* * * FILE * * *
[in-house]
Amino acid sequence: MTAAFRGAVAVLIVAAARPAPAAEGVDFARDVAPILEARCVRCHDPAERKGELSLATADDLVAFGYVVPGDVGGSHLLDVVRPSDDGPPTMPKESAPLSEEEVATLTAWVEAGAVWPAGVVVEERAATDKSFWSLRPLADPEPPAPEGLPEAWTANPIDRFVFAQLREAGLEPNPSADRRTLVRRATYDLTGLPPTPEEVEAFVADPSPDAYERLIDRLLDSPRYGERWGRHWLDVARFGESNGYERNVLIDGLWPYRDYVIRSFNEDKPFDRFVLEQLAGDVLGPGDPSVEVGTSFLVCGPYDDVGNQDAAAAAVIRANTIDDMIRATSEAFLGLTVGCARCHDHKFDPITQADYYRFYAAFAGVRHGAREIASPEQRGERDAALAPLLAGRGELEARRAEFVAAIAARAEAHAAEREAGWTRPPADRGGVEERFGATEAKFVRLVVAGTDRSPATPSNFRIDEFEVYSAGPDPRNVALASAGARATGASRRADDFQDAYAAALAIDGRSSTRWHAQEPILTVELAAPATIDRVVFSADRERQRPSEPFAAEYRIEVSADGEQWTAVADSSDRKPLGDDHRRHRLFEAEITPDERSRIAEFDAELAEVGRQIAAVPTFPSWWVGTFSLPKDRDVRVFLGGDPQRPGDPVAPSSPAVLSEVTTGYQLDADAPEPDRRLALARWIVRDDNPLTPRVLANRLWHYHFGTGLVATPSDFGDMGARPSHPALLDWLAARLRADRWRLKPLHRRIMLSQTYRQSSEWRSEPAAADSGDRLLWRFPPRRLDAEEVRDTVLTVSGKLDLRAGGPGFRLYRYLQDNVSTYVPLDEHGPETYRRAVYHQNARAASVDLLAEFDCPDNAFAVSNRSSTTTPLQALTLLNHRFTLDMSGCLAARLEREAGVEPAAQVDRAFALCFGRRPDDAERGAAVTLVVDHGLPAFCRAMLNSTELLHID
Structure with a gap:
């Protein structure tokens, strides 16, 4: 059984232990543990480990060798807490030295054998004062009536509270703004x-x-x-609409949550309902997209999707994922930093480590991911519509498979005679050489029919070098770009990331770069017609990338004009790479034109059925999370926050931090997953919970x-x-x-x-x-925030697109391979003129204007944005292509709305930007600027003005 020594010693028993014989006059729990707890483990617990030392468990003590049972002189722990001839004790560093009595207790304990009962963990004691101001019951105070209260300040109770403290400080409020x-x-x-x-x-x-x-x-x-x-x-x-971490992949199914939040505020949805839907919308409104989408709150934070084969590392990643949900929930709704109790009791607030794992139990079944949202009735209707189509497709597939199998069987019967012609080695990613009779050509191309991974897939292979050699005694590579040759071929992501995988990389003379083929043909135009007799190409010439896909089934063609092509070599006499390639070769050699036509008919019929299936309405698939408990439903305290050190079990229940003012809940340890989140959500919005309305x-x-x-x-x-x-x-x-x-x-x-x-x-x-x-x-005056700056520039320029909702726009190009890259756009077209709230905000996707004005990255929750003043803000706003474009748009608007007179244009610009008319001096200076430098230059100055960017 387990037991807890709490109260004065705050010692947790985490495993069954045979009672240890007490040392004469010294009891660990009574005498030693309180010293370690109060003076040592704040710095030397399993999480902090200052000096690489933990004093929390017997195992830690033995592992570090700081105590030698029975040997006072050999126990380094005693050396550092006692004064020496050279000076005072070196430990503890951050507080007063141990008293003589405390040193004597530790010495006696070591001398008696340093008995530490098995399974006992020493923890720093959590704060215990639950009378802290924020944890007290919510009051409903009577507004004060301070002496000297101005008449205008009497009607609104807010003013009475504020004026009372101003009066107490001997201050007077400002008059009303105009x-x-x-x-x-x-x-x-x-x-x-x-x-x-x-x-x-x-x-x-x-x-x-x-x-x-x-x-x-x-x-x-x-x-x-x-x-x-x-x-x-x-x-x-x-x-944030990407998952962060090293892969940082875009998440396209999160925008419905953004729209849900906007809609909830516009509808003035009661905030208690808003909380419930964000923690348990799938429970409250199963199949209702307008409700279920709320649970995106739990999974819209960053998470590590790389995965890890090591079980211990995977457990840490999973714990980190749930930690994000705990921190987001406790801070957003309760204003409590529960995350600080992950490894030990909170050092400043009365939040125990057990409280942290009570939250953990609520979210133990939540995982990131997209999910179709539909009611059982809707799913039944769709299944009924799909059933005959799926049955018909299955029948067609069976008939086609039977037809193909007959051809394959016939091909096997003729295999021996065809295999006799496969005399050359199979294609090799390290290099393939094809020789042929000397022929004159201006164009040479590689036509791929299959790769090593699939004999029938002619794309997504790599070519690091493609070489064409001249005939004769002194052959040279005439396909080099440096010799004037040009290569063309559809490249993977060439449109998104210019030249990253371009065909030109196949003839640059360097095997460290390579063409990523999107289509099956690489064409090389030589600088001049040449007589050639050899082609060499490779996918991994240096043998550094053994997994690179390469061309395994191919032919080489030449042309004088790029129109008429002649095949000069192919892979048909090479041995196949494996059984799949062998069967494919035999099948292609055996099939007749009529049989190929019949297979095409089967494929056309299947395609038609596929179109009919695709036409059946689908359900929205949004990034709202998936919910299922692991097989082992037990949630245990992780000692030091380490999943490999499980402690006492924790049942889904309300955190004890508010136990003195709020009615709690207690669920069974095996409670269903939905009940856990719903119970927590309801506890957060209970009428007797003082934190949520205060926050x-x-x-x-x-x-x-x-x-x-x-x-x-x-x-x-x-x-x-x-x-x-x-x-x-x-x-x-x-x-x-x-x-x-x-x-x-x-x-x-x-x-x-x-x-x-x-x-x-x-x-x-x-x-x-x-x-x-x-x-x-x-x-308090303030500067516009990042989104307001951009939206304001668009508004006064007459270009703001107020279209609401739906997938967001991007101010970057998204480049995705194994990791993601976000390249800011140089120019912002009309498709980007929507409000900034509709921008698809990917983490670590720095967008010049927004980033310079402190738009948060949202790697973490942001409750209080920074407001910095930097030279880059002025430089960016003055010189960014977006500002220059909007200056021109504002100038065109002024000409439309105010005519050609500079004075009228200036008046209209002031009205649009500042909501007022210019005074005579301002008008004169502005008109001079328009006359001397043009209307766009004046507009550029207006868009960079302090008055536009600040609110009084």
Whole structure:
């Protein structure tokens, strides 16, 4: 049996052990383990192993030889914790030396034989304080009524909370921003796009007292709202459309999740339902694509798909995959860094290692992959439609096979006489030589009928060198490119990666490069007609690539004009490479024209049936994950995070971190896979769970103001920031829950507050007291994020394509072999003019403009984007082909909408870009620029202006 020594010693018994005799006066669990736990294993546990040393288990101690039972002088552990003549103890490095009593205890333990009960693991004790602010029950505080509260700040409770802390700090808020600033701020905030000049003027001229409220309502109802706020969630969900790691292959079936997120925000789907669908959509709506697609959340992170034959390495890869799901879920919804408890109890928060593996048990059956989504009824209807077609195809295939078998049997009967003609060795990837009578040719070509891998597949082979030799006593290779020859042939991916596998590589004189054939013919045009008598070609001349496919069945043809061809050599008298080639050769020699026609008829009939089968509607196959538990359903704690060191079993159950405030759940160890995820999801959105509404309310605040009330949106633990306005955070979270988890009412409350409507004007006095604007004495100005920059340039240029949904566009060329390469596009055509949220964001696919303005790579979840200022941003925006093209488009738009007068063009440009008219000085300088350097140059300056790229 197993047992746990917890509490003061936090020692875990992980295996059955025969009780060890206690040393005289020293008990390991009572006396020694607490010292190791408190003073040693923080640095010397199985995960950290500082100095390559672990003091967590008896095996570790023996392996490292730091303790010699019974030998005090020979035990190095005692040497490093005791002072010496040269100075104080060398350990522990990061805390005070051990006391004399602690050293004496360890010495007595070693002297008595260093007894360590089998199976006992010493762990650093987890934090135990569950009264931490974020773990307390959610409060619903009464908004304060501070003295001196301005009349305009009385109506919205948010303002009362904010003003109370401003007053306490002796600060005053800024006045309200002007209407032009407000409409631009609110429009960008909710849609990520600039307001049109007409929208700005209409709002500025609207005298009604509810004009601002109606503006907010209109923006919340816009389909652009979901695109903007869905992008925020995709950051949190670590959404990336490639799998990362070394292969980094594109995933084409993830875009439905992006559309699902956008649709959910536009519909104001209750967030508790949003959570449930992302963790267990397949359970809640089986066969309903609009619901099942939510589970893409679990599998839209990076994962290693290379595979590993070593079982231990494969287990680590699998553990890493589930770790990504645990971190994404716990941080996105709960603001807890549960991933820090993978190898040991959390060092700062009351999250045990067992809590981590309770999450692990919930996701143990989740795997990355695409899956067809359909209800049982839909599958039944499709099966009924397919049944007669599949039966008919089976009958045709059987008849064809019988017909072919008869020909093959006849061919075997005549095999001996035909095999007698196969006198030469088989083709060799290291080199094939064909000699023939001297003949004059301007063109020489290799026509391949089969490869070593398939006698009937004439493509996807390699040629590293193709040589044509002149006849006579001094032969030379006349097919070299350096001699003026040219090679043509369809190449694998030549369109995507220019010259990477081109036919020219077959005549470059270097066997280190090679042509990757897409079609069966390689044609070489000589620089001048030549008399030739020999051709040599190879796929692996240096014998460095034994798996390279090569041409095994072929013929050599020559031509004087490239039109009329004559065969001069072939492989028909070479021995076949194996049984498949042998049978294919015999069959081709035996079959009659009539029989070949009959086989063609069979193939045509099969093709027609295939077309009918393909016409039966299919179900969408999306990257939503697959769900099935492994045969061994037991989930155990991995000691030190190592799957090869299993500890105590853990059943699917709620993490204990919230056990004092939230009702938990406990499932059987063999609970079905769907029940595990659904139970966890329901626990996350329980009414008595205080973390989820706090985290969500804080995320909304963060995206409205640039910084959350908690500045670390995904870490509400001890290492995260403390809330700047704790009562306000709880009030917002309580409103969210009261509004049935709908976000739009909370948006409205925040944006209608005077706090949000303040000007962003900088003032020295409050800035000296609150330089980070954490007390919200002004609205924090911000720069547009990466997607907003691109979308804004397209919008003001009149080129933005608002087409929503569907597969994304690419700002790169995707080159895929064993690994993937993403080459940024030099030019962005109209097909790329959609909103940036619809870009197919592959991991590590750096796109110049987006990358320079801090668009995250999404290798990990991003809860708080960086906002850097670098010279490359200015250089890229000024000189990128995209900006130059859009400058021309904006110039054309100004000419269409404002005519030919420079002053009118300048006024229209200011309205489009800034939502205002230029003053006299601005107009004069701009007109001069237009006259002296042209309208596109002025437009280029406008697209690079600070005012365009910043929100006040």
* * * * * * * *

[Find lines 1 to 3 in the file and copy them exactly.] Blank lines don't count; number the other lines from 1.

[in-house]
Amino acid sequence: MTAAFRGAVAVLIVAAARPAPAAEGVDFARDVAPILEARCVRCHDPAERKGELSLATADDLVAFGYVVPGDVGGSHLLDVVRPSDDGPPTMPKESAPLSEEEVATLTAWVEAGAVWPAGVVVEERAATDKSFWSLRPLADPEPPAPEGLPEAWTANPIDRFVFAQLREAGLEPNPSADRRTLVRRATYDLTGLPPTPEEVEAFVADPSPDAYERLIDRLLDSPRYGERWGRHWLDVARFGESNGYERNVLIDGLWPYRDYVIRSFNEDKPFDRFVLEQLAGDVLGPGDPSVEVGTSFLVCGPYDDVGNQDAAAAAVIRANTIDDMIRATSEAFLGLTVGCARCHDHKFDPITQADYYRFYAAFAGVRHGAREIASPEQRGERDAALAPLLAGRGELEARRAEFVAAIAARAEAHAAEREAGWTRPPADRGGVEERFGATEAKFVRLVVAGTDRSPATPSNFRIDEFEVYSAGPDPRNVALASAGARATGASRRADDFQDAYAAALAIDGRSSTRWHAQEPILTVELAAPATIDRVVFSADRERQRPSEPFAAEYRIEVSADGEQWTAVADSSDRKPLGDDHRRHRLFEAEITPDERSRIAEFDAELAEVGRQIAAVPTFPSWWVGTFSLPKDRDVRVFLGGDPQRPGDPVAPSSPAVLSEVTTGYQLDADAPEPDRRLALARWIVRDDNPLTPRVLANRLWHYHFGTGLVATPSDFGDMGARPSHPALLDWLAARLRADRWRLKPLHRRIMLSQTYRQSSEWRSEPAAADSGDRLLWRFPPRRLDAEEVRDTVLTVSGKLDLRAGGPGFRLYRYLQDNVSTYVPLDEHGPETYRRAVYHQNARAASVDLLAEFDCPDNAFAVSNRSSTTTPLQALTLLNHRFTLDMSGCLAARLEREAGVEPAAQVDRAFALCFGRRPDDAERGAAVTLVVDHGLPAFCRAMLNSTELLHID
Structure with a gap: